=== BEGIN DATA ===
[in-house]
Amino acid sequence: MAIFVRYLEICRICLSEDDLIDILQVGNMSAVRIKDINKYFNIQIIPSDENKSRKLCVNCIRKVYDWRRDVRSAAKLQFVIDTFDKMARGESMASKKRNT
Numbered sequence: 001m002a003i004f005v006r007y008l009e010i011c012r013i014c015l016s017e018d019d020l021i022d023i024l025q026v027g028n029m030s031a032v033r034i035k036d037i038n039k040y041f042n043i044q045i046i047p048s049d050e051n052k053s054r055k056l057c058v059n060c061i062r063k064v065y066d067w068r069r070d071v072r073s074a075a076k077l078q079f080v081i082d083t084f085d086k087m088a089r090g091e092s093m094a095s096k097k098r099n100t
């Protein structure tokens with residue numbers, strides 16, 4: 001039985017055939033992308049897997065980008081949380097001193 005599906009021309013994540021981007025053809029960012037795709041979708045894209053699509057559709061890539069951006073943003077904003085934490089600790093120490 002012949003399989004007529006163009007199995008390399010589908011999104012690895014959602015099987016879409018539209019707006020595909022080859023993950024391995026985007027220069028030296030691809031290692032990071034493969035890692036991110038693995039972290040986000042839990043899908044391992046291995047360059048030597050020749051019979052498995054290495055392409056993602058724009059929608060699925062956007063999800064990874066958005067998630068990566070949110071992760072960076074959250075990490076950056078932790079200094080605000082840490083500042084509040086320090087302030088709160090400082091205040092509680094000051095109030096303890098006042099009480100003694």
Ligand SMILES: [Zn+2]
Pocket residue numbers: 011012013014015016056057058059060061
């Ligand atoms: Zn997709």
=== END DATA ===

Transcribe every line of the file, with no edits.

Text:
[in-house]
Amino acid sequence: MAIFVRYLEICRICLSEDDLIDILQVGNMSAVRIKDINKYFNIQIIPSDENKSRKLCVNCIRKVYDWRRDVRSAAKLQFVIDTFDKMARGESMASKKRNT
Numbered sequence: 001m002a003i004f005v006r007y008l009e010i011c012r013i014c015l016s017e018d019d020l021i022d023i024l025q026v027g028n029m030s031a032v033r034i035k036d037i038n039k040y041f042n043i044q045i046i047p048s049d050e051n052k053s054r055k056l057c058v059n060c061i062r063k064v065y066d067w068r069r070d071v072r073s074a075a076k077l078q079f080v081i082d083t084f085d086k087m088a089r090g091e092s093m094a095s096k097k098r099n100t
């Protein structure tokens with residue numbers, strides 16, 4: 001039985017055939033992308049897997065980008081949380097001193 005599906009021309013994540021981007025053809029960012037795709041979708045894209053699509057559709061890539069951006073943003077904003085934490089600790093120490 002012949003399989004007529006163009007199995008390399010589908011999104012690895014959602015099987016879409018539209019707006020595909022080859023993950024391995026985007027220069028030296030691809031290692032990071034493969035890692036991110038693995039972290040986000042839990043899908044391992046291995047360059048030597050020749051019979052498995054290495055392409056993602058724009059929608060699925062956007063999800064990874066958005067998630068990566070949110071992760072960076074959250075990490076950056078932790079200094080605000082840490083500042084509040086320090087302030088709160090400082091205040092509680094000051095109030096303890098006042099009480100003694």
Ligand SMILES: [Zn+2]
Pocket residue numbers: 011012013014015016056057058059060061
């Ligand atoms: Zn997709």